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The most spectacular sunrises appear in December, as I’ve earlier noted. Why have I dubbed this Duck Dawn? In part, it’s due to the large number and variety of ducks on the pond for this time of year, including four score of the familiar Mallard, and eighteen of that most elegant of ducks, the egregiously misnamed Common Merganser — all busy flying or swimming excitedly from place to place on the strangely ice-free pond. Early this morning, I also saw what I thought was an American Coot near the shore, but it was too dark for photos.

In addition, I happened to capture a group of Mallards in flight while photographing the scene. You can see them in the fourth frame. I had a bit of luck there, of course. As the great French scientist, Louis Pasteur famously said, “In the fields of observation chance favors only the prepared mind.”

I debated whether to post all of these photos — which I had winnowed from the original seventy-two — or just the one “best.” I found them all so lovely, I couldn’t decide, and took the easy way out.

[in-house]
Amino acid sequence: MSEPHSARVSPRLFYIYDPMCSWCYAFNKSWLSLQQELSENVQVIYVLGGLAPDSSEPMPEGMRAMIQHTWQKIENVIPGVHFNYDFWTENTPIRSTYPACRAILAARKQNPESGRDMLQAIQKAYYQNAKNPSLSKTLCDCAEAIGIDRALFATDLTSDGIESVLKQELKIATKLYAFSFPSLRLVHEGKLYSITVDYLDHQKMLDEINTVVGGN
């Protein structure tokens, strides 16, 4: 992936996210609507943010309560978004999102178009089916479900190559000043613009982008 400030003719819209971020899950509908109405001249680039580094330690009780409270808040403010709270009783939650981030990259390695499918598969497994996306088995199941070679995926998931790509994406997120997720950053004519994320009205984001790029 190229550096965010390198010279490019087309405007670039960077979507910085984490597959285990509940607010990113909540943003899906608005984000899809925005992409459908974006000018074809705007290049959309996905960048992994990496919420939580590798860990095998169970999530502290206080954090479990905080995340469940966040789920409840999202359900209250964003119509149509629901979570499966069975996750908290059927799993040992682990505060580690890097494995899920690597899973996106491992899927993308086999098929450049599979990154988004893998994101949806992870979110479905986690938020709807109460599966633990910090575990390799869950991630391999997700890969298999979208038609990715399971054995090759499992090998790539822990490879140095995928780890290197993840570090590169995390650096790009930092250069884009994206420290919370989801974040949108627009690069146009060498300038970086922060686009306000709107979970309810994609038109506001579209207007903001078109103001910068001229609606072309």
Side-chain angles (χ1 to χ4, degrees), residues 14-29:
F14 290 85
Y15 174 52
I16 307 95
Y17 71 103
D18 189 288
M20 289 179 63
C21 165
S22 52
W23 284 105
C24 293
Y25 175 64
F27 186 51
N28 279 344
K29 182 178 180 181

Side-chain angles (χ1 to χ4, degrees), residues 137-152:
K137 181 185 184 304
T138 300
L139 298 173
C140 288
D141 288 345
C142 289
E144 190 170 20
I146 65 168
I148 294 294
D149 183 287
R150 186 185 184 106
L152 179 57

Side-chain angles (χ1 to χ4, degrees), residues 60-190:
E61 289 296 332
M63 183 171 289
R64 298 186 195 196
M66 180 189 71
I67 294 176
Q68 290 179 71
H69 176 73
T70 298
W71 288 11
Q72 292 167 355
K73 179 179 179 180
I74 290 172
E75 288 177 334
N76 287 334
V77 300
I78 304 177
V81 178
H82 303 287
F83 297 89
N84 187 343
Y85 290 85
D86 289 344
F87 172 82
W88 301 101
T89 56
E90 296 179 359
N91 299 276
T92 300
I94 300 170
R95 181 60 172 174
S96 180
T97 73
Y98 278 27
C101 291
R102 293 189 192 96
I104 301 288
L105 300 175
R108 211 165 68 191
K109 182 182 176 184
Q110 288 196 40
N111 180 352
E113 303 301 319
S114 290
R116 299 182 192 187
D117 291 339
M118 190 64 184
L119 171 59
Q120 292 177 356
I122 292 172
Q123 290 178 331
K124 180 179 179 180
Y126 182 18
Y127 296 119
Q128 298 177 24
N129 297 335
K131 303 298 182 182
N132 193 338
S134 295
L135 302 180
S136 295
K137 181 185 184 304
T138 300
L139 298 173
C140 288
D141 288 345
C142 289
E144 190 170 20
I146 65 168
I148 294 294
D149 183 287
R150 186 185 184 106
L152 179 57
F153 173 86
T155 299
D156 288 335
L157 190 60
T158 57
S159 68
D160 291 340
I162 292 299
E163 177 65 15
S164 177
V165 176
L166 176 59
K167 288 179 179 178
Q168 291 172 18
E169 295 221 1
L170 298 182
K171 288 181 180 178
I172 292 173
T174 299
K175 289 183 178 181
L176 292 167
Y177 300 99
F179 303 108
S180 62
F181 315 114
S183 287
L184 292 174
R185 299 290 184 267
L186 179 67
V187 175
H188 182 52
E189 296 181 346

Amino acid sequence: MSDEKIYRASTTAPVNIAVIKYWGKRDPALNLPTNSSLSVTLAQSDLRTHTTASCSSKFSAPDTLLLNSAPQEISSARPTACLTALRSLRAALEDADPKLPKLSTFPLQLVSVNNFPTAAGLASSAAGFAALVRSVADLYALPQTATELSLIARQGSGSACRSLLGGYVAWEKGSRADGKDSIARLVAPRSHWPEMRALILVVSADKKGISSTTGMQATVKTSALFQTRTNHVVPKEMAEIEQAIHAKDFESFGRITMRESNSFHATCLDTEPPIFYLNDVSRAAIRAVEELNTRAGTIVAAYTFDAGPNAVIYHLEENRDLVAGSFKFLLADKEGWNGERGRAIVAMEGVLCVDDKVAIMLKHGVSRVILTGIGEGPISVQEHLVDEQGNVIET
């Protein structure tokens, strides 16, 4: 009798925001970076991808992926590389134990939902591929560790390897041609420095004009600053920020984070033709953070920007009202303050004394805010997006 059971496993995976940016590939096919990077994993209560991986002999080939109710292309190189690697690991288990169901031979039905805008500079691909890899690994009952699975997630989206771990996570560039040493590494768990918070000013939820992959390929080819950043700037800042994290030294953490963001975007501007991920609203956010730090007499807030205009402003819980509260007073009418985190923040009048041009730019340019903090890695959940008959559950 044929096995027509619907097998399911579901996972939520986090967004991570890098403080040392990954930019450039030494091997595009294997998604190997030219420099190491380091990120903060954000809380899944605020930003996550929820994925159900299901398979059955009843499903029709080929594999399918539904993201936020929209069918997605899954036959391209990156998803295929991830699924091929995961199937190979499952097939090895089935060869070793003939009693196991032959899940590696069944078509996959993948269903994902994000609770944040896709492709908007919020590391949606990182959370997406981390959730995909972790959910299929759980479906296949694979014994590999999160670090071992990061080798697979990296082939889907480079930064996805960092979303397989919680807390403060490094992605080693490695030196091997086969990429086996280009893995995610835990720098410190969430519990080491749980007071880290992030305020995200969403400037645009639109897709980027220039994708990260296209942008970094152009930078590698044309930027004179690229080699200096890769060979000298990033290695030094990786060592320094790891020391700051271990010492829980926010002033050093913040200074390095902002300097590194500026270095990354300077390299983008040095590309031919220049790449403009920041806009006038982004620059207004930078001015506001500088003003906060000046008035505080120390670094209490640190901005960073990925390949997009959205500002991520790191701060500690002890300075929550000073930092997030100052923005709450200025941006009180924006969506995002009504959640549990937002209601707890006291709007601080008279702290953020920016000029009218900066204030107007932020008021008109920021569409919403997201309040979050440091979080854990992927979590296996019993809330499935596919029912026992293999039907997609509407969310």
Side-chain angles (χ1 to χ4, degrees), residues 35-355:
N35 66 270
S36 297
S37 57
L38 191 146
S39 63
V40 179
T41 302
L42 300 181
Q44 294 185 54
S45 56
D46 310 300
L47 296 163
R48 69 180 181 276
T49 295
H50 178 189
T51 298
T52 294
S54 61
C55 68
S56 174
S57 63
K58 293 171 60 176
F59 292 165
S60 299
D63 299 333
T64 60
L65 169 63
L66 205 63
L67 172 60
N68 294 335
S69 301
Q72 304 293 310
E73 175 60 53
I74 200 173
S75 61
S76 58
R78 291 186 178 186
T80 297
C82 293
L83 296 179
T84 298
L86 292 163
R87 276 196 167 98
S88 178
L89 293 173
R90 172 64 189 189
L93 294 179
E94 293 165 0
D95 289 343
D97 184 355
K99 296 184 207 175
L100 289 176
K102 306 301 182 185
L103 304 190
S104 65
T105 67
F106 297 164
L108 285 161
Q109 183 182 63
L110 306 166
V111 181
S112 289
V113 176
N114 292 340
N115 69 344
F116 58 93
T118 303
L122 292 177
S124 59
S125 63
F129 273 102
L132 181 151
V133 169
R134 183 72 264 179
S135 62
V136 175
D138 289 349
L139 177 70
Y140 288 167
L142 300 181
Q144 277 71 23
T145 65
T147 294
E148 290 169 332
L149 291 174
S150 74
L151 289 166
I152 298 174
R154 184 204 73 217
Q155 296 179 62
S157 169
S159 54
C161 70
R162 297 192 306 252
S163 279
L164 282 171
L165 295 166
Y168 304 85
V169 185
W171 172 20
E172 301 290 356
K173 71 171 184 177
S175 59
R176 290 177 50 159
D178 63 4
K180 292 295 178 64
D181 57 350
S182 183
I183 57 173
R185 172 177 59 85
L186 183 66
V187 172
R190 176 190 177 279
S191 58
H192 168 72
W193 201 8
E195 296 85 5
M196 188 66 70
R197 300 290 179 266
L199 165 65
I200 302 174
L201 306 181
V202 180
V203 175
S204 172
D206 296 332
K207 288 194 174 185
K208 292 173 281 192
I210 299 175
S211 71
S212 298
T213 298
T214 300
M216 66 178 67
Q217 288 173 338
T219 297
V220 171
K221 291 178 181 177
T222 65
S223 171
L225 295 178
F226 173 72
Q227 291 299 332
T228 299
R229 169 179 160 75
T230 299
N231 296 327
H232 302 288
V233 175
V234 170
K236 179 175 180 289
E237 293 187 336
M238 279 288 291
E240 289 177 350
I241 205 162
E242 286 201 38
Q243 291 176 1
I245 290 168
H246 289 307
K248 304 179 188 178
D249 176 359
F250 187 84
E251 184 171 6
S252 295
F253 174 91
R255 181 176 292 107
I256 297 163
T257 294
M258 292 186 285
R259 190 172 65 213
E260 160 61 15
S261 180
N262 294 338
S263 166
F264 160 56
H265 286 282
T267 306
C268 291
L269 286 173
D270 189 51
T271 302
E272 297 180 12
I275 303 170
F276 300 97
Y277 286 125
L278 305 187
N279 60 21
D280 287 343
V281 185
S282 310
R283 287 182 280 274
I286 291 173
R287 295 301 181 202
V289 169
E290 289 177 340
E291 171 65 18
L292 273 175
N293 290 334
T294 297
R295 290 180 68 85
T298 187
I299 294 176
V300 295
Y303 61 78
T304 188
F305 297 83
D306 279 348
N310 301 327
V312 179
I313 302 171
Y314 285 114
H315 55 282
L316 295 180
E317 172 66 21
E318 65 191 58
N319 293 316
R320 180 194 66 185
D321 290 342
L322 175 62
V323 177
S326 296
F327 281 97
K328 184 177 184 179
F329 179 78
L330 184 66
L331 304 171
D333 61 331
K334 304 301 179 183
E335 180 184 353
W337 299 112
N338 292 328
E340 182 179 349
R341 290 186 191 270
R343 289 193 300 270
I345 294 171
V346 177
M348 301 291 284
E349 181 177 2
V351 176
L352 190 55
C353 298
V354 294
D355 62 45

As I’ve noted earlier, such fabulous dawns are ephemeral. This one lasted just fifteen minutes. The changes in light and color during that brief period were subtle, but impressive nonetheless. I urge you to view one or more of the photos full-screen; just click on a photo to enlarge it. The sequence was recorded on December 27, 2011, and posted the same day.

I’d like to take this opportunity to wish all my viewers happiness and good health in the coming New Year, as well as a big belly-laugh every now and then.

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One Response to Duck Dawn*

  1. Hardy Pond Grandma says:

    Thank you! For early risers like me, there are perhaps few things more magical than watching another day unfold on the Pond. The vista is different day to day, moment to moment, vantage point from vantage point. Living on the opposite shore from Ron, the dawn I observe on winter days must be what the ancient Vedas invoked: Ushas, a radiant peach and gold maiden, a charioteer who ushers in the sun. On the morning that Ron took his dawn photographs, I was mesmerized by the fingers of brilliant colors in the sky, and their reflection in the Pond, the bare trees in silhouette against it all. The sun is constant, and yet to us humans, it is born every moment, constantly ushered in all over the world, by Ushas, the dawn.

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